During a recent meeting in Bolton Town Hall, Lake George Park Commission member John Pettica (left) talks about a pending trial boat inspection and decontamination program, and how public education is vital to protect Lake George from invasive species. Fellow commission member Joe Stanek (right) listens to Pettica’s comments.
The pending plan to inspect boats for invasive species and decontaminate them if necessary moved ahead this week, as Lake George Park Commission members unveiled how they’d likely certify and seal clean boats — and discussed their efforts to line up funding and boost public education.
At a meeting in Bolton Landing March 2, members of the Park Commission’s Invasive Species Committee showed representatives of environmental groups a wire and plastic seal that would bind a boat to a trailer, certifying that it was inspected and clean of invasive species.
Boats coming out of Lake George could receive such a seal, and if left unbroken, boats could be reintroduced to the lake without re-inspection.
Committee members said the idea, based on procedures employed at Lake Tahoe, would minimize inconvenience to boaters in the pending boat inspection and decontamination program.
It also would allow marinas to pull boats out of Lake George and store them at shoreline sites or a considerable distance without re-inspection and certification.
Representatives of the Park Commission have been meeting with state Department of Environmental Commission officials to lobby for establishing a trial boat inspection and vessel disinfection program within several months at Norowal Marina. Last week, members of the Invasives Committee met with DEC Region 5 Director Robert Stegemann.
DEC officials have expressed concerns about the impact on anglers, Commission members said March 2.
While the trial program features voluntary compliance, a proposed law would eventually require all boats, before they are launched on Lake George, to be thoroughly inspected — and if deemed necessary — sent to a vessel-washing station to be decontaminated.
The Park Commission has asked state officials for $300,000 to implement the plan. Already, Gov. Cuomo’s proposed state budget has earmarked $100,000 for controlling invasive species in Lake George.
Invasive Committee members said that individuals’ kayaks and canoes wouldn’t likely be included in the inspection program, because a voluntary Lake Steward inspection program conducted last summer by the Lake George Association indicated that kayaks and canoes weren’t carrying invasives. They said they’d be tweaking the law to make it as convenient as possible for anglers, lakeshore homeowners.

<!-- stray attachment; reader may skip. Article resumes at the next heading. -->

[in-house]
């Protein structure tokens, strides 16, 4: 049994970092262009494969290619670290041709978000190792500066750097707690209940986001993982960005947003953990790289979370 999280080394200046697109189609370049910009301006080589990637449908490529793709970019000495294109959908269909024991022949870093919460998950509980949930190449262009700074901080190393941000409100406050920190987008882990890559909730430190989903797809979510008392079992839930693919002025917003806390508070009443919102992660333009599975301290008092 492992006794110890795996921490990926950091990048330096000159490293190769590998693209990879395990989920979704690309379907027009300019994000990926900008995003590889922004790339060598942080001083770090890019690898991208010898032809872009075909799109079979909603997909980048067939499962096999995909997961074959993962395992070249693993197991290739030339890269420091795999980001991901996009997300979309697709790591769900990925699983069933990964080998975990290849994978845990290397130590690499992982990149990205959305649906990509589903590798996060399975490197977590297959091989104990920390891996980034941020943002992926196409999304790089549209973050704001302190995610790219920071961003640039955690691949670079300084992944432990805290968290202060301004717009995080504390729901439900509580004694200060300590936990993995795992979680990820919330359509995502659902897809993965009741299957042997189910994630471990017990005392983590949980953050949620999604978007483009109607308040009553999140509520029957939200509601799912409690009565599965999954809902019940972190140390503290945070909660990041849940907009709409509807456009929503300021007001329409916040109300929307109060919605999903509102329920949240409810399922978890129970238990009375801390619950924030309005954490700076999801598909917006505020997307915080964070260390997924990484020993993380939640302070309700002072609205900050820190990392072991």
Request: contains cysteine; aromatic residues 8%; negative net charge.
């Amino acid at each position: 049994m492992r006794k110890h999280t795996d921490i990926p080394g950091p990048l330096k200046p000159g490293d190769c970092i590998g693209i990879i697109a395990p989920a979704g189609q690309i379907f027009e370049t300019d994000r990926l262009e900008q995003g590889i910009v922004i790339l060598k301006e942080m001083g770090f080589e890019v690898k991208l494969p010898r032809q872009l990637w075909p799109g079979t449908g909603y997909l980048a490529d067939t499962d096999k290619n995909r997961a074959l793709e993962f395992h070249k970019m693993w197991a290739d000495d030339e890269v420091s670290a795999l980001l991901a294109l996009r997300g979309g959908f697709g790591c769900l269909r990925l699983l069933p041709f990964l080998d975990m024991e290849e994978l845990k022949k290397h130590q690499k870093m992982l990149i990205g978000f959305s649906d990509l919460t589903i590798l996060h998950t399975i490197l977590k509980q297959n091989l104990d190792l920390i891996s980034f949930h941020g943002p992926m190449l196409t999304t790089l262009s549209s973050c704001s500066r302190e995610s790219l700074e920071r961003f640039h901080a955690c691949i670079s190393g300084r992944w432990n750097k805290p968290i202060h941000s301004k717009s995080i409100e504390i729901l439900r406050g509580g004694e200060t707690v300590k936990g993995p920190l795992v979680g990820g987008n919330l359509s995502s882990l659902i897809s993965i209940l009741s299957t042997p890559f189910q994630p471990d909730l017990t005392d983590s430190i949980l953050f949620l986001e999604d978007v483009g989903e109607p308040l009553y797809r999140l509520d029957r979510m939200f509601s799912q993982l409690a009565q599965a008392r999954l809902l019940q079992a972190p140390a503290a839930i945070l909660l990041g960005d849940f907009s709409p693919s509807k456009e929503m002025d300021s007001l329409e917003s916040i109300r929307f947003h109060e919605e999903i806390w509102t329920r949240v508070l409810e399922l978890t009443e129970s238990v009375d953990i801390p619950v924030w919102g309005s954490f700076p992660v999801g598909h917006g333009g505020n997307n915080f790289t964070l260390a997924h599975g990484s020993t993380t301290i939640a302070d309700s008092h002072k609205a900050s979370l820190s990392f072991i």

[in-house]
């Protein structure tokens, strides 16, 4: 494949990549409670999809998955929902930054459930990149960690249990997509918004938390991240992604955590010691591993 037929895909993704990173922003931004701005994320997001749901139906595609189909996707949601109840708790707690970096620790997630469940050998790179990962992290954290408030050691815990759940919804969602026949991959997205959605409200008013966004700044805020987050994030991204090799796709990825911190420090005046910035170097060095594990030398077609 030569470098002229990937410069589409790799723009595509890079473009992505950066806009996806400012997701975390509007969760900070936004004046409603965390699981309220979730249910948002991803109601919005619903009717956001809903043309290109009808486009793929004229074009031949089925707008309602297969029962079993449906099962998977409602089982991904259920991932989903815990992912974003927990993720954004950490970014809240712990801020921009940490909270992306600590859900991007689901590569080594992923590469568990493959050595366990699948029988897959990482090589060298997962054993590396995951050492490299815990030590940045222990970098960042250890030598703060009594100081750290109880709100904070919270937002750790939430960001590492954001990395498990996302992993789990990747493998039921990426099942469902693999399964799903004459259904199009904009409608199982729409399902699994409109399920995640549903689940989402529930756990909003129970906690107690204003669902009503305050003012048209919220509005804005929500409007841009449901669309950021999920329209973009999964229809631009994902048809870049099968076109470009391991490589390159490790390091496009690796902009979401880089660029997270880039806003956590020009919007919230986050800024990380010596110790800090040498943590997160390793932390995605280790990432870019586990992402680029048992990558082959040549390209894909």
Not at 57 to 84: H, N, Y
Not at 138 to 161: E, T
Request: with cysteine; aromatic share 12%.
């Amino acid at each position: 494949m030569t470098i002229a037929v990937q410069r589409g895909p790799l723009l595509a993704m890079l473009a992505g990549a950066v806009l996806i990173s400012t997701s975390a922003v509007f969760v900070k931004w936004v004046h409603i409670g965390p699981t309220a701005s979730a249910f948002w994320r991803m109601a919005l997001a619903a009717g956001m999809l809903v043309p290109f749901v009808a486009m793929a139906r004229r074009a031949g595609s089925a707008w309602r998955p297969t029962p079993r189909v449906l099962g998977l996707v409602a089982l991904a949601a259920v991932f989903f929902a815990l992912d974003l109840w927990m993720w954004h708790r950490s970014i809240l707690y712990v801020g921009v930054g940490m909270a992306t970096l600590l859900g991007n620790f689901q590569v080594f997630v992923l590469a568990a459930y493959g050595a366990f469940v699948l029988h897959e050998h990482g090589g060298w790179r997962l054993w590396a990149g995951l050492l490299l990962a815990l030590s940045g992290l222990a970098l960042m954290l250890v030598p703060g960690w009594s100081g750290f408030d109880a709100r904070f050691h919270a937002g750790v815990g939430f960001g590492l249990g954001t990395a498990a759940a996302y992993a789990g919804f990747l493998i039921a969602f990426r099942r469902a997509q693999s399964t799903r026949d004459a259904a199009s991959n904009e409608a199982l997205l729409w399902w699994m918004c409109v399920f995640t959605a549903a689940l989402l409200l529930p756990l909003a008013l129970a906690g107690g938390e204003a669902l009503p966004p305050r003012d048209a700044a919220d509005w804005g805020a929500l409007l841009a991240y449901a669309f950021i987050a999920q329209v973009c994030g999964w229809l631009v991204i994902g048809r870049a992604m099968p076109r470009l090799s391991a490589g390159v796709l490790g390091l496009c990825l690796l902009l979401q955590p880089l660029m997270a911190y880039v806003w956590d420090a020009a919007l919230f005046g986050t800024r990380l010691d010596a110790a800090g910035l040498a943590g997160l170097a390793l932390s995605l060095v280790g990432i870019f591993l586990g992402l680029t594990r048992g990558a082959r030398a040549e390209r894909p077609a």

“We’ll be relying on a person’s decency to make sure their boats are clean,” Committee member John Pettica said.
Lake George Association Executive Director Walt Lender said the Park Commission was making worthwhile progress.
“This is a very good direction to be going in,’ he said. “It’s good to be exploring ways to get control over boats’ points of entry into the lake.”
The trial program would establish a voluntary inspection site at Norowal Marina in Bolton Landing, and boats found carrying invasive species would be decontaminated at a nearby washing station.
Invasive committee member Joe Stanek said that Norowal was a good site, because over the Fourth of July weekend last year, 325 boats were inspected in the voluntary Lake Steward program. Among those, 25 boats were determined likely to carry invasive species.
He said that in the trial program, boaters would not be charged a fee, although a $30 fee has been estimated for the proposed mandatory program.
“This is a common-sense approach,” he said. “If a person’s boat is clean, drained and dry, they’ll be able to launch.”
Invasives committee members said Friday they are in the process of selecting a boat-washing station, and it’s is likely to cost $41,0000 or so. Eventually, a half-dozen inspection and decontamination stations could be set up around the lake adjacent to launch sites, if the plan is fully implemented after the trial program concludes.
Invasives Committee member Joe Stanek said the inspection and decontamination program was vital to not only protecting the lake’s purity, but avoiding costs of dealing with invasive species contamination.
Stanek said that officials overseeing Lake Tahoe, which is similar to Lake George, estimate that economic losses to Tahoe-area citizens were estimated to far exceed $20 million annually if invasives were left unchecked. That figure includes decreases in property values, recreational use, losses in tourism, impact on water supply and increased boat maintenance, he said.